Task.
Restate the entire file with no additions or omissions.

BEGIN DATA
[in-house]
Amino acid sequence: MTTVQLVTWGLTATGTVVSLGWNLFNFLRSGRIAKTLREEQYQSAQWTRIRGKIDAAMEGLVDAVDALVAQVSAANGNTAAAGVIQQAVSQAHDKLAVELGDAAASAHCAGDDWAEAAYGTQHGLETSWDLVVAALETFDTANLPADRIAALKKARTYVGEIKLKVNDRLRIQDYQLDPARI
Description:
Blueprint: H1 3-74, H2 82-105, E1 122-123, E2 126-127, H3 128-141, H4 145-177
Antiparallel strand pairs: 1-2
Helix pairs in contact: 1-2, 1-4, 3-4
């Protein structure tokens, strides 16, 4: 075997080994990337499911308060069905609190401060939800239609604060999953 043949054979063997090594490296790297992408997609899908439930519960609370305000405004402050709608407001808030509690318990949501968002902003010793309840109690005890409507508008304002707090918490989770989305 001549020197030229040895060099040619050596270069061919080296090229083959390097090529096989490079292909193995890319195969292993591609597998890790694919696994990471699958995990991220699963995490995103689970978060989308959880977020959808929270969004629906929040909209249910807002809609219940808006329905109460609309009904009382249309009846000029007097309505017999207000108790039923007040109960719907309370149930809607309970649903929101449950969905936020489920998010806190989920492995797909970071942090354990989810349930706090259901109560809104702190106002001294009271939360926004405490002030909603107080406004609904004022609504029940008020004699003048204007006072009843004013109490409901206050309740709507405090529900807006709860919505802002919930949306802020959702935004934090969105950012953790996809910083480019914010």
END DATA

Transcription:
[in-house]
Amino acid sequence: MTTVQLVTWGLTATGTVVSLGWNLFNFLRSGRIAKTLREEQYQSAQWTRIRGKIDAAMEGLVDAVDALVAQVSAANGNTAAAGVIQQAVSQAHDKLAVELGDAAASAHCAGDDWAEAAYGTQHGLETSWDLVVAALETFDTANLPADRIAALKKARTYVGEIKLKVNDRLRIQDYQLDPARI
Description:
Blueprint: H1 3-74, H2 82-105, E1 122-123, E2 126-127, H3 128-141, H4 145-177
Antiparallel strand pairs: 1-2
Helix pairs in contact: 1-2, 1-4, 3-4
């Protein structure tokens, strides 16, 4: 075997080994990337499911308060069905609190401060939800239609604060999953 043949054979063997090594490296790297992408997609899908439930519960609370305000405004402050709608407001808030509690318990949501968002902003010793309840109690005890409507508008304002707090918490989770989305 001549020197030229040895060099040619050596270069061919080296090229083959390097090529096989490079292909193995890319195969292993591609597998890790694919696994990471699958995990991220699963995490995103689970978060989308959880977020959808929270969004629906929040909209249910807002809609219940808006329905109460609309009904009382249309009846000029007097309505017999207000108790039923007040109960719907309370149930809607309970649903929101449950969905936020489920998010806190989920492995797909970071942090354990989810349930706090259901109560809104702190106002001294009271939360926004405490002030909603107080406004609904004022609504029940008020004699003048204007006072009843004013109490409901206050309740709507405090529900807006709860919505802002919930949306802020959702935004934090969105950012953790996809910083480019914010």